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Merger means more opportunities

When is an acquisition not an acquisition? When it's a merger. Despite CSR paying close to $680million in stock for multimedia chip developer Zoran and maintaining the chairman, chief executive and chief financial officer positions, the deal is, officially, a merger. CSR says the deal has to potential to double its revenues in the next few years.

All well and good, but the interesting question is why has the deal been done? Talk to CSR and the official line is that it will allow its customers to develop differentiated products. Jeffery Torrance, CSR's vp of partnerships and corporate developments, said the world, as CSR sees it, is divided into screens in four markets – pcs, tvs, cars and phones. He says companies which supply to these markets are interested in multimedia and connectivity. "By getting a good imaging and video company and blending this with our connectivity expertise, we will be able to supply differentiated components where it matters."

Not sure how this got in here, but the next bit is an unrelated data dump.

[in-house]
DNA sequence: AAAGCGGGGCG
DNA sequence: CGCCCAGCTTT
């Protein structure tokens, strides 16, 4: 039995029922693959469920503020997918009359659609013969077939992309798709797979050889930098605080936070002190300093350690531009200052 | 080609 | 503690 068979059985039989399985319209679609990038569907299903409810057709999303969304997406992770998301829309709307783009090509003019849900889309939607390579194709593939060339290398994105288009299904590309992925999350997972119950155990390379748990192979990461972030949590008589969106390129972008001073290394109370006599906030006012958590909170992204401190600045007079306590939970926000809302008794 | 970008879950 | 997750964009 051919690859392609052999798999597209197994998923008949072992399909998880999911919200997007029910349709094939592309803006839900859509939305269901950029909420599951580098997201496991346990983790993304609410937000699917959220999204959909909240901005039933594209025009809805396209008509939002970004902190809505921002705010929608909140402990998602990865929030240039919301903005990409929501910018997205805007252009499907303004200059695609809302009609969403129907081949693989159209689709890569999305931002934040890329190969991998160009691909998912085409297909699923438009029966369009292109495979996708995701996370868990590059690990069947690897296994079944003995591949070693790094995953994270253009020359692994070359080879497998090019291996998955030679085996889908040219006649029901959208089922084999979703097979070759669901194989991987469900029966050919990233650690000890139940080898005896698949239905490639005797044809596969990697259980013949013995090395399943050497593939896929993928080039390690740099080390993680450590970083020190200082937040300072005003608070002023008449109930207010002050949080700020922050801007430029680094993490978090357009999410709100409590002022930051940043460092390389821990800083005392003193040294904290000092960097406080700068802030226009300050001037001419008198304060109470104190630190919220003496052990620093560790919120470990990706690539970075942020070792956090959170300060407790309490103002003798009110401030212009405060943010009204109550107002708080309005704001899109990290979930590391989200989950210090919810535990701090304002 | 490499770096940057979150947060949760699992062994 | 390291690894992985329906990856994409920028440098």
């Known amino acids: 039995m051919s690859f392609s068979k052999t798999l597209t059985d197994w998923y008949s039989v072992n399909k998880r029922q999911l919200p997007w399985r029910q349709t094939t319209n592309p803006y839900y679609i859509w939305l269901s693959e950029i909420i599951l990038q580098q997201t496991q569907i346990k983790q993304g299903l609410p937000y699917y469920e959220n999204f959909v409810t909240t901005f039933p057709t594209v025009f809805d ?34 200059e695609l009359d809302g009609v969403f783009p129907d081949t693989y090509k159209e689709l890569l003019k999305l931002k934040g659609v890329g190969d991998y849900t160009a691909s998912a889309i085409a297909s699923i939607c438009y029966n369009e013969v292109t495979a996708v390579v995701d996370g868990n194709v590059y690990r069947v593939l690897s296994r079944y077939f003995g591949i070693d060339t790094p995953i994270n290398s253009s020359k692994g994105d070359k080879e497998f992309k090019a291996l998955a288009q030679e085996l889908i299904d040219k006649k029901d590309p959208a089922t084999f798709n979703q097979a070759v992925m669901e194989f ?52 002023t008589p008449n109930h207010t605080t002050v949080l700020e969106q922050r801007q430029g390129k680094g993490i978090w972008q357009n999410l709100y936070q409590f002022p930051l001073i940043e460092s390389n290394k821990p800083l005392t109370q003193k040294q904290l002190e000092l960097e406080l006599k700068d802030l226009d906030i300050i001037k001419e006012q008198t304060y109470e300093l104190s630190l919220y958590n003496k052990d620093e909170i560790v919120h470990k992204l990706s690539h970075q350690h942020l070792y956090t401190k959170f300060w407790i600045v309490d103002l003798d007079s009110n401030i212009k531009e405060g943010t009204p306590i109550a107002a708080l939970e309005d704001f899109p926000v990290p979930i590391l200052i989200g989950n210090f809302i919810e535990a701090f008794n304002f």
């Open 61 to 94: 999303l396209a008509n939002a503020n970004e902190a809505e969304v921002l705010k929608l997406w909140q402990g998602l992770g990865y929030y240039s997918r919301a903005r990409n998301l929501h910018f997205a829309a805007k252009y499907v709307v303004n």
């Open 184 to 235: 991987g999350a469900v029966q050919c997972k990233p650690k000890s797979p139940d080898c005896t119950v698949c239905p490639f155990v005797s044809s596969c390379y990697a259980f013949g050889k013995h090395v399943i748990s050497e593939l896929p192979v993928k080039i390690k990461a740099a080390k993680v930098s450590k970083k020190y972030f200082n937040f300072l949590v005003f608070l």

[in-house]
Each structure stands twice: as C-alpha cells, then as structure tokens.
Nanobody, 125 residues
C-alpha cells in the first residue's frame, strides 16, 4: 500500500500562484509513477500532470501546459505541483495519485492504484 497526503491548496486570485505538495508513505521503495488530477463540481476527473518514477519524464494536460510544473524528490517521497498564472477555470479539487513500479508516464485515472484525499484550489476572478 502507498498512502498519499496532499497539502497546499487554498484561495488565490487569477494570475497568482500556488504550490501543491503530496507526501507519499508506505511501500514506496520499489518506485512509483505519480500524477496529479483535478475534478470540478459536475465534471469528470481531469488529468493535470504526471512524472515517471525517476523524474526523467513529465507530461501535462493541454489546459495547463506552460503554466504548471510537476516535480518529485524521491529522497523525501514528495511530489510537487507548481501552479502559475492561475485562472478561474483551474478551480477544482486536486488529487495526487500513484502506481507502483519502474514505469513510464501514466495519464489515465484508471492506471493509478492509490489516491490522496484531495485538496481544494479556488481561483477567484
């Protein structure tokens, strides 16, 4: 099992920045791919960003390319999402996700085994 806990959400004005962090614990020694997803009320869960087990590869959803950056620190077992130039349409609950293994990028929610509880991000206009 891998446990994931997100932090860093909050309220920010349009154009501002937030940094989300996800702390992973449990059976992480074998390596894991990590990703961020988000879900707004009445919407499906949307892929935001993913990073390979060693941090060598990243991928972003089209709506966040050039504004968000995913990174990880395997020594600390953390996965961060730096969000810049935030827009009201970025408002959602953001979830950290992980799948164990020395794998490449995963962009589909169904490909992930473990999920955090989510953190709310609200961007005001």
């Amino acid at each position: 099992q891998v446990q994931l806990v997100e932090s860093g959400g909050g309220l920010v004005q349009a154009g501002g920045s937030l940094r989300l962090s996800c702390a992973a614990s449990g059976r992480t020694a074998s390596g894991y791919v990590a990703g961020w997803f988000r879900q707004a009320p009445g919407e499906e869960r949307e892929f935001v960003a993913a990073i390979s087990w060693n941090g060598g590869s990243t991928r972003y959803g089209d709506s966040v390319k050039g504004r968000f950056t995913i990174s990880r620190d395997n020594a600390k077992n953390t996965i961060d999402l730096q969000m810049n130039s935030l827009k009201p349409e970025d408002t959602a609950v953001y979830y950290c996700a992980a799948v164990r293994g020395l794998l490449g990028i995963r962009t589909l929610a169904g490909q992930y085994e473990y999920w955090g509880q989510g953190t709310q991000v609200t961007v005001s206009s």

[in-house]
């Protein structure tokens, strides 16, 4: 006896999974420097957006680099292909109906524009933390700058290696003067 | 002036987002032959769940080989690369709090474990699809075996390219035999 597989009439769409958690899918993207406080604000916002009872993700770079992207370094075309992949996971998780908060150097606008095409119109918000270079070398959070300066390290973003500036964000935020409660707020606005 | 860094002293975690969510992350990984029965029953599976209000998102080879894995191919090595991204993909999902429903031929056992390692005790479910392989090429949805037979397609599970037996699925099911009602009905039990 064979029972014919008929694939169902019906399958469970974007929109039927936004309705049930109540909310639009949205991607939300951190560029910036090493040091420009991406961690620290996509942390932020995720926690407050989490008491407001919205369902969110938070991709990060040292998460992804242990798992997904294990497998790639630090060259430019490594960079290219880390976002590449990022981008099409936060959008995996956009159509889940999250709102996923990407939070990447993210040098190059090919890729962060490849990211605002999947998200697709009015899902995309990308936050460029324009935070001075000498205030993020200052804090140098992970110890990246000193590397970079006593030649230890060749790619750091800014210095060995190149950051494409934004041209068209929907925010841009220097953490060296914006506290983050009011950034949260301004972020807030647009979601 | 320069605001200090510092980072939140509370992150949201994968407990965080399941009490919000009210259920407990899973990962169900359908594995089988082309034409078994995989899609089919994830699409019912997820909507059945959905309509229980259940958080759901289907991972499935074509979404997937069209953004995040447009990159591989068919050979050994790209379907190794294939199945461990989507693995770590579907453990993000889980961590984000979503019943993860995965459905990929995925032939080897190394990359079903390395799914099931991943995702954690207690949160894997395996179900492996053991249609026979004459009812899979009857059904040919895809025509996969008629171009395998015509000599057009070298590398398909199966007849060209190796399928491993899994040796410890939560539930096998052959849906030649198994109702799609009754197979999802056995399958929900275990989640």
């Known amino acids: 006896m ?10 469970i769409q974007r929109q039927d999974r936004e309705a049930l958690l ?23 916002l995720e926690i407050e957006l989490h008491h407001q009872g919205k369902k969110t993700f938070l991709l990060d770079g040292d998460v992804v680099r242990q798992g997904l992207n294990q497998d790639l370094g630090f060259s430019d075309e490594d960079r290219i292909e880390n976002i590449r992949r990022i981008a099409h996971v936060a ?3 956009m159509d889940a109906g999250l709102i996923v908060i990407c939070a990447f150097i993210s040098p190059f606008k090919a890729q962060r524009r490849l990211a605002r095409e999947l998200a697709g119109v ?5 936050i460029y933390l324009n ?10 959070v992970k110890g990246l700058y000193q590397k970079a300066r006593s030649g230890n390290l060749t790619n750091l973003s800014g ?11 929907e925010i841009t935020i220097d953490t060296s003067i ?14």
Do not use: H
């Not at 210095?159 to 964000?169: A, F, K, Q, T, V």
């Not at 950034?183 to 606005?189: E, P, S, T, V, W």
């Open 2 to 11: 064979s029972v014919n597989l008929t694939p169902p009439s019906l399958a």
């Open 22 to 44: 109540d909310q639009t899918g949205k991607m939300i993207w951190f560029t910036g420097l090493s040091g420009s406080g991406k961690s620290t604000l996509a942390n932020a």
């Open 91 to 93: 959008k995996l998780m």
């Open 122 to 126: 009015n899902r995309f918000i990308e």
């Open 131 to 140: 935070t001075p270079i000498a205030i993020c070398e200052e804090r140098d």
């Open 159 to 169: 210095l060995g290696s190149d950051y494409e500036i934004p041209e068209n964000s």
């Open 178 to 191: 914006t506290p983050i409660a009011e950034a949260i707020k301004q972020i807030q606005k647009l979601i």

CSR had started to take steps down this road a while ago, when it acquired gps based location technology specialist SiRF. But the Zoran deal moves that on. One immediate market opportunity is in digital still cameras, where Zoran is the leading chip supplier. Layering on CSR's gps technology will allow cameras to know where they are – so called geotagging. Its connectivity technology will allow images to be uploaded to the web. Beyond that comes location aware services, using mobile phones, for example, to supply data about where you are automatically. "Nobody has this in the way we have," Torrance claimed. Maybe not, but there surely will be competition in the near future.
There are obvious technology and market benefits in the merger, but is it possible, however, that CSR has done this deal as a means of protecting itself? There has been speculation about CSR's future in the recent past – it has been seen as a takeover target – and the acquisition of Atheros by Qualcomm got the London Stock Exchange, amongst others, in a flutter. There's nothing like making yourself too big to swallow.
Spare a thought, however, for the founders of failed start up Air Semiconductor. Its Airwave-1 chip had two main applications: providing geotagging services to digital still cameras; and location awareness for mobile phones. Sound familiar?

Graham Pitcher

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